Samuel J. Mann MD, is an associate professor of clinical medicine at the Hypertension Center of The New York Presbyterian Hospital in New York City.

You would hardly think that a revolutionary idea could come out of such a well established medical institution, but Dr Mann’s work is certainly groundbreaking.

As a hypertension specialist, Dr Mann sees thousands of people with every variety of high blood pressure. Eventually, he began to notice a pattern that did not accord with the common view that stress is linked to this common condition.

“Even patients with severe hypertension did not seem more emotionally distressed than others,” he writes in his book, The Hidden Cause of High Blood Pressure: How to Find the Right Treatment (Thorsons UK, 1999). “If anything, they seemed less distressed. Their high blood pressure appeared to be more related to what they did not seem to be feeling than to what they were feeling.”

In Dr Mann’s view, blood pressure fluctuates, and there have been extensive overdiagnosis and unnecessary treatment of millions of people. Anger or stress can elevate blood pressure temporarily, but do not actually cause hypertension. “It is our hidden emotions, the emotions we do not feel, that lead to hypertension and many other unexplained physical disorders,” he says.

To deal with hypertension at its core, it is necessary to bring those hidden emotions out into the light, into consciousness, and to deal with them. For those who are under the care of a physician for hypertension, incorporating this new information can help the physician select a more appropriate drug, if required, to match it to the cause of the condition.

Although, in many cases, there are contributing factors to hypertension such as genetics, obesity and a high salt consumption for countless others, their illness may be driven mainly by repressed feelings due to traumatic experiences. It is generally not easy to deal with such emotions, and the process can be painful, but it may be well worth it.

I can testify to the validity of this approach. In the summer of 2000, I read about Dr Mann in a free newspaper distributed around my New York neighbourhood. This seemed to be a surprising case of synchronicity as, at the time, I was grappling with some sudden episodes of extremely high blood pressure as high as 220/120 mmHg. I was unable to sleep at night or, at most, slept for only two or three hours, a completely new development for me. I also had trouble concentrating.

As someone who resists taking conventional drugs, I consulted a physician and took some anyway. I also visited my usual alternative practitioners a chiropractor, a homoeopath and an acupuncturist, who helped a little, but it wasn’t enough.

After reading the article on Dr Mann, I bought his book, read it, and went to see him. With his encouragement, I started looking at the kinds of hidden emotions I could be harbouring. It didn’t take me long to realise that the place to look was in my repressed or perhaps preverbal memories of the three years I spent during World War II in Budapest, when I was two to five years old. I was there with my mother (my father was away at the front), and we spent many nights in cellars and basements with 30 or 40 strangers, hiding from the bombs and grenades. In terms of emotions, I knew there was something there, but I had no memory of it.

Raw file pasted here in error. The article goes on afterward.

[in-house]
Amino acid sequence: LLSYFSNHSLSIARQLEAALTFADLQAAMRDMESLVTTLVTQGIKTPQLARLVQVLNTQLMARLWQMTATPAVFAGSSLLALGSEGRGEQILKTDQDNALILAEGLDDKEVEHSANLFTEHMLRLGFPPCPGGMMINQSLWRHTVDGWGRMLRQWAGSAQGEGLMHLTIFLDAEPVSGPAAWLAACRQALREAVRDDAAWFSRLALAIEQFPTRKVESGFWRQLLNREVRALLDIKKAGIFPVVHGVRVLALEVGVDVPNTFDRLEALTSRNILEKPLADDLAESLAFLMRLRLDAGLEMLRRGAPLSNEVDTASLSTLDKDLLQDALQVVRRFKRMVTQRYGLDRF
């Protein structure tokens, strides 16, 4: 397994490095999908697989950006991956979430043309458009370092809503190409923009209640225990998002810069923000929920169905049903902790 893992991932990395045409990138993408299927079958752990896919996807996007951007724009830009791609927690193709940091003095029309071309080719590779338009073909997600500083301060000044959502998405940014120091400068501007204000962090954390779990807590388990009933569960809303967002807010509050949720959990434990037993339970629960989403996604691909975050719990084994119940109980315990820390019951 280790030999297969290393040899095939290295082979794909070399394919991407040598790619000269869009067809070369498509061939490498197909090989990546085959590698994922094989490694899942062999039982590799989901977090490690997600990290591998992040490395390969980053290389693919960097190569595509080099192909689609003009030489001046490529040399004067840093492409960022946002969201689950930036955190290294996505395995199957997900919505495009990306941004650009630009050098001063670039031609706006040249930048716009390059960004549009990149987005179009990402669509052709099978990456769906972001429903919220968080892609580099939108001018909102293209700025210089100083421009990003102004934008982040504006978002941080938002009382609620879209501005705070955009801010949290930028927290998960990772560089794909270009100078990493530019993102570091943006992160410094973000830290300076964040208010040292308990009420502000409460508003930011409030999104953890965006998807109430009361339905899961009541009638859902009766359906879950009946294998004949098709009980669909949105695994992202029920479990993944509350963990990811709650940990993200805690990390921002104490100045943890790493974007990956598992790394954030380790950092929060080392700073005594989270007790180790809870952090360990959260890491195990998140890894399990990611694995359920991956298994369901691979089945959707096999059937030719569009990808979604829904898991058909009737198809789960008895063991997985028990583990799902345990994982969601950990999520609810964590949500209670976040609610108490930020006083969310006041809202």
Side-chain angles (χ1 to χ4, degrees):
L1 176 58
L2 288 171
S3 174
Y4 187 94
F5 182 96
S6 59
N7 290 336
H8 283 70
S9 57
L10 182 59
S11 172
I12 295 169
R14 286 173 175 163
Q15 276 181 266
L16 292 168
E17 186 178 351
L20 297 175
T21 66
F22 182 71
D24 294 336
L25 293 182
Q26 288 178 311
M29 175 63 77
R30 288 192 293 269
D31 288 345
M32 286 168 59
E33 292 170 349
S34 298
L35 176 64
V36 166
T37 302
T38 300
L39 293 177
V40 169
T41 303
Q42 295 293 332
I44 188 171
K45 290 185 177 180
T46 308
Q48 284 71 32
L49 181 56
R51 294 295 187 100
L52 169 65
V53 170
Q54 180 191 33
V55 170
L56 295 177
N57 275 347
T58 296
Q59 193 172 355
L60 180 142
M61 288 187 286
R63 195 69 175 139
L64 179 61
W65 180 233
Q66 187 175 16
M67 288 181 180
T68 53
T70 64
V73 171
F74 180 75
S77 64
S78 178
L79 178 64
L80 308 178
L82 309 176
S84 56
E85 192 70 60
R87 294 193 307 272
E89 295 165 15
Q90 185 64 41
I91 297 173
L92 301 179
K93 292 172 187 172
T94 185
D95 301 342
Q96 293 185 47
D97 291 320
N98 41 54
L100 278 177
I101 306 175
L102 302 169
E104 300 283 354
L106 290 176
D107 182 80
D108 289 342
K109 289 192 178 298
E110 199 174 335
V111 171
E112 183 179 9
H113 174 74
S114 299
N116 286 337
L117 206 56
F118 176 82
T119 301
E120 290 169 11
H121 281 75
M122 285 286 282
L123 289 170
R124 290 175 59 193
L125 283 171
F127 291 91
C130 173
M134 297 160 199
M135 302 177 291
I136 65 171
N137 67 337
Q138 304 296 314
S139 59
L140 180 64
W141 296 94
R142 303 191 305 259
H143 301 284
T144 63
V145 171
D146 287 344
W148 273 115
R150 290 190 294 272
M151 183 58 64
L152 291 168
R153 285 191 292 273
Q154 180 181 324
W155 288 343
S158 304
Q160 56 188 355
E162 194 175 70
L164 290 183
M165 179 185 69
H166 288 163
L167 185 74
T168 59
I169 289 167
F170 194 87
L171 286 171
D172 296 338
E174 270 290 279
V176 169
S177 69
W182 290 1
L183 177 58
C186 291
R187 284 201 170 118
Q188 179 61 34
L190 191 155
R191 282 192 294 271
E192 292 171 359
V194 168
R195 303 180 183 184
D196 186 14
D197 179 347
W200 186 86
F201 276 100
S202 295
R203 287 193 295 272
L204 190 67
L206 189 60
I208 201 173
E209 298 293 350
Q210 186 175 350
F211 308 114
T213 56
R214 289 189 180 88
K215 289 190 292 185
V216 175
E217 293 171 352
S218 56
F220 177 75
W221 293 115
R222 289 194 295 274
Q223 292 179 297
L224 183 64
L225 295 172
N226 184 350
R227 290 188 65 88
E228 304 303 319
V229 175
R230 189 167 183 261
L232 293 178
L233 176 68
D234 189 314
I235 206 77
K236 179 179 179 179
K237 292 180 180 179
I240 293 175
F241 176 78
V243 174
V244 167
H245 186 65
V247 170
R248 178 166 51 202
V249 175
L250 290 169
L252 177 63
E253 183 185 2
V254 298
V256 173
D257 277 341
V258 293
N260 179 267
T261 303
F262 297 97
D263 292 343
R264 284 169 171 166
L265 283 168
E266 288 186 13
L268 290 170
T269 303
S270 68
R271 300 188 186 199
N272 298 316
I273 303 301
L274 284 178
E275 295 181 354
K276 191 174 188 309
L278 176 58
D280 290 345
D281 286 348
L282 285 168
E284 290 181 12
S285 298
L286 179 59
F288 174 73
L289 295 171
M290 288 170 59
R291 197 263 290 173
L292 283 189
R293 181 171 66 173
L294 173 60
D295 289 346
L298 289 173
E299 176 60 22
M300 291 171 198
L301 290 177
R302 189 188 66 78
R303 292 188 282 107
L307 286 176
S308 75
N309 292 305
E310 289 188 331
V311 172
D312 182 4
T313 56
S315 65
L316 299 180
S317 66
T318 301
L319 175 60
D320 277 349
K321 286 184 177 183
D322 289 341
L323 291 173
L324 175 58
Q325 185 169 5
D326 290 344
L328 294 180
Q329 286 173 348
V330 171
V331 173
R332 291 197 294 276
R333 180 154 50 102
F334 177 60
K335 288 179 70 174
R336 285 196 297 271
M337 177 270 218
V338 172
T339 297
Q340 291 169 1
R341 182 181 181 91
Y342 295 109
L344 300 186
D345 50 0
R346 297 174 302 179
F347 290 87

One day in August, after a weekend of sleeping one night out of three, I found myself again with a 200/100 mmHg blood pressure, so I went for a walk in the park, barefoot in the grass, which I had taken to doing in my attempts to destress myself. Thinking about the war years and how I’d felt during the sleepless night before, I realised that my night wakefulness was quiet and watchful. I was not thinking, worrying, tossing or turning. I was simply on high alert.

I then remembered my mother telling me about the time we stayed in a cellar/basement, when she, and another young woman there, were summoned upstairs by the occupying soldiers for a party. She had to leave me alone in that dark cellar with strangers, none of whom cared about what happened to me. I suddenly became aware of a profound terror the kind that only a 3 or 4 year old could feel that my mother might never come back. I knew even then that, if she didn’t return, I was dead.

I had no home, no family, no friends, nothing it was only her and me and, without her, I was lost. I must have stayed awake all that night waiting for my mother to come back and now, in my sleepless nights, I was reliving that night. I lay on the grass and cried, reliving and releasing that old terror.

After some time spent shaking and crying, I finally got up and went home. Then I checked my blood pressure: it had gone down as low as 137/82 mmHg in one hour! I knew I was on the right track.

Since then, my blood pressure continues to go up and down, and I still have a lot more spiritual work to do but, at this time (November), it seems to be hovering around normal with no medication. I’ve had a harrowing four months and it’s not finished yet, but

I am certainly on the path to clearing out my old emotional baggage, thanks to Dr Mann’s revolutionary insights.

!AAnnemarie Colbin

Find out more about Dr Mann on his website:

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Written by What Doctors Don't Tell You

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